the strategic location of my future empire
So here I am, falling back on Plan II, pun intended. Though I've put my dictatorial ambitions aside, temporarily, I feel like I am on the right track. Because what do we do when we don't have the money, the knowledge, or the language skills to accomplish our dreams? We go to college!
In reality, I came to the realization last year that I would go to college, a normal college, and get whatever I could out of it. This wasn’t a submission to the norms of society, or the pressures of my parents, or the fear of actually entering the “real world”. I realized that learning was what I loved to do, and what I was good at. I fully appreciate the statement “[college] is the last time in your life you will be given the chance to simply learn things with few other responsibilities”(Course Anthology, 110). That is the kind of chance I have always wanted, the freedom to simply pursue knowledge, without having to apply it to some end result or major life decision. I have always wanted knowledge to be “an inward endowment”(167), not just something that would help me get into college, or get a job, or sound interesting. This is why I’m so happy to have found Plan II, and the University of Texas.
The Plan II emblem reflects the duality that I seek.
Plan II is a perfect fit for me, as it allows me to major in something while not really having to pick a major. While I probably will narrow my focus somewhat, its comforting to know that I can pursue knowledge freely, without having to worry much about getting my required hours and coursework etc. Plan II provides the breadth of study and the unity of knowledge that I crave. The classes I’m required to take may not pertain to subjects I’m interested in, but they all have a common goal – to help me understand the best way to learn, to adapt, and to think ahead of the curve. This way I’ll be able to take all of my interests, all of my goals, all of my thoughts, and “hammer them into unity”. I am touched by the statement “all branches of knowledge are connected together, because the subject-matter of knowledge is intimately united in itself”(165). This is a concept I’ve tried to explain to my parents, my teachers, my friends, who cannot grasp my seemingly pointless pursuit of fields that have nothing to do with another. But Plan II gets it, and that’s why I’m here.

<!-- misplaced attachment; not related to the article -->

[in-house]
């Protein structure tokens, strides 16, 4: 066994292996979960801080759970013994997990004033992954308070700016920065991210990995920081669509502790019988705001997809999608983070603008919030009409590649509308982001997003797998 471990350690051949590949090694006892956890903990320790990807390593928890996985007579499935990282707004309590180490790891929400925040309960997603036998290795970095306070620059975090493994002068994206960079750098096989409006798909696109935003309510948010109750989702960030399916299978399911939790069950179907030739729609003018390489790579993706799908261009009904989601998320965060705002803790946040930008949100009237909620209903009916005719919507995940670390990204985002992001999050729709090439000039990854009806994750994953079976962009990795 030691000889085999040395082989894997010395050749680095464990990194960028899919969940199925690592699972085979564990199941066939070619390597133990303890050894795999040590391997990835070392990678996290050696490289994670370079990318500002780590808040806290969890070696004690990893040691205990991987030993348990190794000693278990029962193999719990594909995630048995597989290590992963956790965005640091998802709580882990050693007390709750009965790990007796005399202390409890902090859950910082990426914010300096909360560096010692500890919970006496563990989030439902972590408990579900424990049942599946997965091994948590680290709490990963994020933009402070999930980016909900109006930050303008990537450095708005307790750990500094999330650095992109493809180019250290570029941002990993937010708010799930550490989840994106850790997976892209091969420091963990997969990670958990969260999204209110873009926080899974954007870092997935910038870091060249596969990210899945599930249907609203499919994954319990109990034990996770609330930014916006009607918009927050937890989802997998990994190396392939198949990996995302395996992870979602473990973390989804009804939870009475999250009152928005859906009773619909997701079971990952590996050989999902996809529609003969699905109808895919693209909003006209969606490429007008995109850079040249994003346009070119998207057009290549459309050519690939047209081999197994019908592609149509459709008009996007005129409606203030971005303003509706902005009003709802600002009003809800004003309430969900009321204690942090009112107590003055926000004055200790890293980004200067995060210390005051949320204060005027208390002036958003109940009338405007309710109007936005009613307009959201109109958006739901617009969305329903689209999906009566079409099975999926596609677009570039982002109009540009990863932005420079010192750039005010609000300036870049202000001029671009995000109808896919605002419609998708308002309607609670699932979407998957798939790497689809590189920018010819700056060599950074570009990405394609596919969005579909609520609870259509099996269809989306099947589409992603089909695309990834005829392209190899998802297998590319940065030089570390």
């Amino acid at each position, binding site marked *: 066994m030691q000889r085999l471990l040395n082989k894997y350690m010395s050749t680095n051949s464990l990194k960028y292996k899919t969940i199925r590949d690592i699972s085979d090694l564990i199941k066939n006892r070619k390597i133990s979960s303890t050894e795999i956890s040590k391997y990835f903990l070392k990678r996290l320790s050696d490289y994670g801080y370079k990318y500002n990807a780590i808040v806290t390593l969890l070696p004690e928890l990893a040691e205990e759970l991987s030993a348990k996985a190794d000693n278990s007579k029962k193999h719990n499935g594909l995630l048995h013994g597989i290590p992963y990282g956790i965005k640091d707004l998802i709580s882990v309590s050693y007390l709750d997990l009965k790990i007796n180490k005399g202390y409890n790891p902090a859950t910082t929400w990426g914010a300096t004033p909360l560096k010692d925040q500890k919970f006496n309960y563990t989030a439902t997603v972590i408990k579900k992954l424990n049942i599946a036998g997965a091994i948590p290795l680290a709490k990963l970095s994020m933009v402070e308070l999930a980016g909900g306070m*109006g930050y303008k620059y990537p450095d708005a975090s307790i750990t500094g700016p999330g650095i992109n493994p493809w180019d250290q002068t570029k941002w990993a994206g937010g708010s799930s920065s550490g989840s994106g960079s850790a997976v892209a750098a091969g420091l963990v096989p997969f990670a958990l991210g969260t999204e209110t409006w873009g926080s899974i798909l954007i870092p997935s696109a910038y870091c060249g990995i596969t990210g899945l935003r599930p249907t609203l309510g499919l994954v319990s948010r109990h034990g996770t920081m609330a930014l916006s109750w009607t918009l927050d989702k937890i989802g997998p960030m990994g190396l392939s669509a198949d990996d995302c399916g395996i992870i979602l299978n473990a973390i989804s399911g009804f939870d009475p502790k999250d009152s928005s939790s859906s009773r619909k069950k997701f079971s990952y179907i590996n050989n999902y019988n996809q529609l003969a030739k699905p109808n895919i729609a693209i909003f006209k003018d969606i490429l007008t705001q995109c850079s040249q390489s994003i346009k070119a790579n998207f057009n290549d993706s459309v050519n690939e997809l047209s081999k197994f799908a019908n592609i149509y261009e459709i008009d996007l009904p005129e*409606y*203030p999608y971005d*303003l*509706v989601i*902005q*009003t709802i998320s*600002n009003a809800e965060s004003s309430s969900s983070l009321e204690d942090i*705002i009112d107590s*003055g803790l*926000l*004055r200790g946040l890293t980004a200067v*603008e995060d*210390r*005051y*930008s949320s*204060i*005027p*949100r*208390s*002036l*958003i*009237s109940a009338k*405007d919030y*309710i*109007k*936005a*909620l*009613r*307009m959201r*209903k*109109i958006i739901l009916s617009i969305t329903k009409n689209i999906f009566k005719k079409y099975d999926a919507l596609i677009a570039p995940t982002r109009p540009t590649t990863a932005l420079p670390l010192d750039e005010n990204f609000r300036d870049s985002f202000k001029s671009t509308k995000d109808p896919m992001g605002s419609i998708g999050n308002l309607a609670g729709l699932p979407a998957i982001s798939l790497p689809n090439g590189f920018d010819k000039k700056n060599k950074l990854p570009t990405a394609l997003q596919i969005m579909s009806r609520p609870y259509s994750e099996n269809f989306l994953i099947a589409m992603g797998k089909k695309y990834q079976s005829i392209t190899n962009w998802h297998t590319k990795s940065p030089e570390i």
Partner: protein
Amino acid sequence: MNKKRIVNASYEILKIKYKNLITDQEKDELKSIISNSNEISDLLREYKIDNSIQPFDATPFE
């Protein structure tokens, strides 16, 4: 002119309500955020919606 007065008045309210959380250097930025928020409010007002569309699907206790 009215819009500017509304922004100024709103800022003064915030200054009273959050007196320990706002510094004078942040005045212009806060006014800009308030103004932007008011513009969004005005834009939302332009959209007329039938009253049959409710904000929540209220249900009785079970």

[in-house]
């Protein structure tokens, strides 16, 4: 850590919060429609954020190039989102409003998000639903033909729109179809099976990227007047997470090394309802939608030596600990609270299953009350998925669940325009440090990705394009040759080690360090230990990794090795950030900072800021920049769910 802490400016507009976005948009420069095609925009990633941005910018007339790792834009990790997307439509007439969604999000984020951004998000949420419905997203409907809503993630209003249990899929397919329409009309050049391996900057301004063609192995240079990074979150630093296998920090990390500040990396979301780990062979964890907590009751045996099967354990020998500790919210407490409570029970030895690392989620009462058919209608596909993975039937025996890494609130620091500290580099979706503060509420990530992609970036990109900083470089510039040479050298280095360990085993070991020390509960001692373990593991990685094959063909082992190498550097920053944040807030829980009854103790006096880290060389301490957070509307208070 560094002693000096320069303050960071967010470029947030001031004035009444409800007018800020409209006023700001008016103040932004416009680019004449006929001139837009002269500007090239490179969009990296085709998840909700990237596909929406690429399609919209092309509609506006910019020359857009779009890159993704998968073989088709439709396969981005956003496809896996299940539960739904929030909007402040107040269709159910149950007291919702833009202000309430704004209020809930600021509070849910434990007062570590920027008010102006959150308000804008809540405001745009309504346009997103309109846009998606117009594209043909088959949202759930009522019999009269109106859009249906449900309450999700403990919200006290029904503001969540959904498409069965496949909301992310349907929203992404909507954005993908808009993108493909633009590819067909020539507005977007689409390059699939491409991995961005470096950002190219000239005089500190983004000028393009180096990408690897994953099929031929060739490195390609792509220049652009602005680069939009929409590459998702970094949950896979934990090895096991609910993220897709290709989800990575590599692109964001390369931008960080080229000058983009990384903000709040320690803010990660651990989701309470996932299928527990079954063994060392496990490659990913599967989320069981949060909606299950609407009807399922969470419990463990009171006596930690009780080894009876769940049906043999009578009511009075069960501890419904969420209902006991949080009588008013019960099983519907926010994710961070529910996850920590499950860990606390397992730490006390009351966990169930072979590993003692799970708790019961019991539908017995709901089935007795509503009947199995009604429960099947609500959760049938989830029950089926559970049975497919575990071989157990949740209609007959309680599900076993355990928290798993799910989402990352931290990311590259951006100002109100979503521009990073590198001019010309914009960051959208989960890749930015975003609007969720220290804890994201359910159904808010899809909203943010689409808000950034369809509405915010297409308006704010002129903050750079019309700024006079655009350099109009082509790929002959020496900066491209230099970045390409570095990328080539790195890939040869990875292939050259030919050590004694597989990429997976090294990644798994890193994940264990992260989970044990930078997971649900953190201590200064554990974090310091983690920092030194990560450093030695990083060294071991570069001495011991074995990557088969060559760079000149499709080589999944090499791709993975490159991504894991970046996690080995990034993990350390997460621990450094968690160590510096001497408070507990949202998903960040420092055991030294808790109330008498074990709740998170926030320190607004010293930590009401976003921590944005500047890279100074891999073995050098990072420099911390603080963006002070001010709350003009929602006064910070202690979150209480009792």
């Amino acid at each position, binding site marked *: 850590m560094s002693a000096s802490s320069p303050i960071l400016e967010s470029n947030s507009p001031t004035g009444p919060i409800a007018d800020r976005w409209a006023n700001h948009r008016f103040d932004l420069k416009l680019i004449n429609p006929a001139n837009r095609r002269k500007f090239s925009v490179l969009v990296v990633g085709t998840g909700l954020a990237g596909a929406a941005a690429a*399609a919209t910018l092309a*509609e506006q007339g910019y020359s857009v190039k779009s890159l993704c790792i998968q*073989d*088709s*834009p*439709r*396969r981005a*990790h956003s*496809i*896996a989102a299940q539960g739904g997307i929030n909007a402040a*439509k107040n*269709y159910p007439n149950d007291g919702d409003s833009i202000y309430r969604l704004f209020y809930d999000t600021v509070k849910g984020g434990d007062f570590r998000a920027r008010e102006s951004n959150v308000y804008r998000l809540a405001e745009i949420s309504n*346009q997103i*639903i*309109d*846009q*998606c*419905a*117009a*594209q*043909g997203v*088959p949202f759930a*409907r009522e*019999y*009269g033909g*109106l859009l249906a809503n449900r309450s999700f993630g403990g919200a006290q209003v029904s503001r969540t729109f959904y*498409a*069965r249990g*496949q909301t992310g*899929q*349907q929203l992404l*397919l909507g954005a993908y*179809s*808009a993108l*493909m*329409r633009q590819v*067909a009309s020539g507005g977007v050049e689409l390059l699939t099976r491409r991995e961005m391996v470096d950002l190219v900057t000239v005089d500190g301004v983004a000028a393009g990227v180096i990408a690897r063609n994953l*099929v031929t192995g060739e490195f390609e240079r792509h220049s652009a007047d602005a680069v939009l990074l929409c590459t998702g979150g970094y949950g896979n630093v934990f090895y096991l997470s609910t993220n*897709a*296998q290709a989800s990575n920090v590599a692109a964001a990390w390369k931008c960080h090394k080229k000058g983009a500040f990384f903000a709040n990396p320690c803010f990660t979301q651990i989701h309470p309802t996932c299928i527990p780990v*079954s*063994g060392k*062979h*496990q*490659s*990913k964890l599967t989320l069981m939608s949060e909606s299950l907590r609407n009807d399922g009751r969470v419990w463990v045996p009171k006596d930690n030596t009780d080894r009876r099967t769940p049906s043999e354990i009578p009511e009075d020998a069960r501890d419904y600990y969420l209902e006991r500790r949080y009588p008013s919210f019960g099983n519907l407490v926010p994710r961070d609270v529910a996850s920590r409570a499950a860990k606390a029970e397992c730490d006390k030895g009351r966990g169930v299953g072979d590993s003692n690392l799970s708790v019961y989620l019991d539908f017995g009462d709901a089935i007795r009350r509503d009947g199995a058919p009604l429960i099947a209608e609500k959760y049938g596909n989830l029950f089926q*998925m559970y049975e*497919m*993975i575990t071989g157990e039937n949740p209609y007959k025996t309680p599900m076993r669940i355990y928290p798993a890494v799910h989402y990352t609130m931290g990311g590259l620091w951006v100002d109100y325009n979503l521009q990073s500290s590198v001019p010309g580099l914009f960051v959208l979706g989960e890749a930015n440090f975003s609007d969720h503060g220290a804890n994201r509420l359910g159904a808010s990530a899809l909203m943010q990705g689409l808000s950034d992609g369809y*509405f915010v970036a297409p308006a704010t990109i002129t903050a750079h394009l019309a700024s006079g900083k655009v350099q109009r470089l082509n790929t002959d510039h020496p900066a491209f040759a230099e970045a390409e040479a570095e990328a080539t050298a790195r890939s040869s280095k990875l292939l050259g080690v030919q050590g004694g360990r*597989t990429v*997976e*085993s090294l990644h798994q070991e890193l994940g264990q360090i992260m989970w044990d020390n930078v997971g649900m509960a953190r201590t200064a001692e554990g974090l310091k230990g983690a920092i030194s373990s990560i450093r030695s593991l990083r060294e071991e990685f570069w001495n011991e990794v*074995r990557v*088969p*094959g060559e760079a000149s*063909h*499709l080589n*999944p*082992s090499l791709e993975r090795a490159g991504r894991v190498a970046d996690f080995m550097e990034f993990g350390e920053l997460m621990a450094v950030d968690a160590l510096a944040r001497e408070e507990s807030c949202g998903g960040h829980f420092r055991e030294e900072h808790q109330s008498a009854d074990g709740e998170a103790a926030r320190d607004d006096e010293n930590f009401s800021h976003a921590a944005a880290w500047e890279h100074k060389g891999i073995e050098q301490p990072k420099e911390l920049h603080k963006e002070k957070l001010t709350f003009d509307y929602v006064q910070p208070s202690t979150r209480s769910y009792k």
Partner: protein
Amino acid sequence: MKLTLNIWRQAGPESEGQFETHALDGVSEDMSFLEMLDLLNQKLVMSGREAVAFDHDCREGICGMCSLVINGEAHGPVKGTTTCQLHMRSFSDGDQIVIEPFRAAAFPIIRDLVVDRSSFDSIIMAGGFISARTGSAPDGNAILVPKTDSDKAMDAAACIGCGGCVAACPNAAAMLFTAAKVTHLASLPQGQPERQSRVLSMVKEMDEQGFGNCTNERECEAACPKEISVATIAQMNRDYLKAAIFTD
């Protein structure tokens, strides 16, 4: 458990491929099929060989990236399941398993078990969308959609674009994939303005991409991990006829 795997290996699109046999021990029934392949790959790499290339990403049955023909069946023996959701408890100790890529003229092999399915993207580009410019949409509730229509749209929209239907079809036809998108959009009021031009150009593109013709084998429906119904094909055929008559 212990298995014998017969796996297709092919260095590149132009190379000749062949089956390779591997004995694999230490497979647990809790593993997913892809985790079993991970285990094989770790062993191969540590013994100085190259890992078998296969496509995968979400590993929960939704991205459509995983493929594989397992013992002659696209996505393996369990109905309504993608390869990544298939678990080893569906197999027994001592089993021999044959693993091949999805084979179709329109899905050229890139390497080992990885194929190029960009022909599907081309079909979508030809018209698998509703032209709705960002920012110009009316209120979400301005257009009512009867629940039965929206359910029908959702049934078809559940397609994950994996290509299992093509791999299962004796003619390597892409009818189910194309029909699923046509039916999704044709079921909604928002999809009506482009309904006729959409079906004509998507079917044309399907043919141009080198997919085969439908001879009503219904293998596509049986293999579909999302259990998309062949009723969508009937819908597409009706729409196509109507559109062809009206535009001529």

I’m already excited by the types of learning I’ve engaged in so far. I expected college to be solid lecture, with little interaction and few ways to make myself known to the professor. While I do enjoy a dry lecture, the same way I enjoy driving long distances and manual labor (this is not sarcasm), the direct exchange of knowledge from professor to student does leave something to be desired, or rather, something to be learned. I'm glad my classes aren't like this one!That’s what this class, heavy in experiential learning, has begun to teach me. It is essential to have something that “force[s] you to confront your current ideas about the subject… and reconcile them with what you now observe to be the case”(184). It’s easy in a lecture class to hear what a professor has to say, repeat it back on an exam, but never really believe or understand it. There needs to be a conflict, a challenge, that forces me to either find ways to make my ideas undeniably true or concede to other viewpoints. Basically, I’m glad to be in an environment where bullshit will not be tolerated, because it’s incredibly easy to revert back to that tendency, so well manicured in high school. I feel like Plan II, coupled with UT as a whole, gives me free reign to explore all the possibilities of academia, while still keeping me in check, making sure that my efforts lead to something, if not something as solid as a career or grad school, at least to a unity of thought, a focus in my pursuit of limitless knowledge.
I still have ridiculous ambitions. I still want to major in Mayan culture and neuroscience, plus maybe physics and linguistics and studio art. But I realize that there must be a structure to my education, and that’s what college gives me, along with a piece of paper that will help me access the knowledge I may be unable to acquire here. I can only hope that my mind will reach the state of “the intellect… which knows, and thinks while it knows… which… cannot be but patient, collected, and majestically calm, because it discerns the end in every beginning… because it ever knows where it stands, and how its path lies from one point to another”(168). To me, this is internal bliss, something I will work towards the rest of my life, far beyond where I get in college.
My inevitable academic future?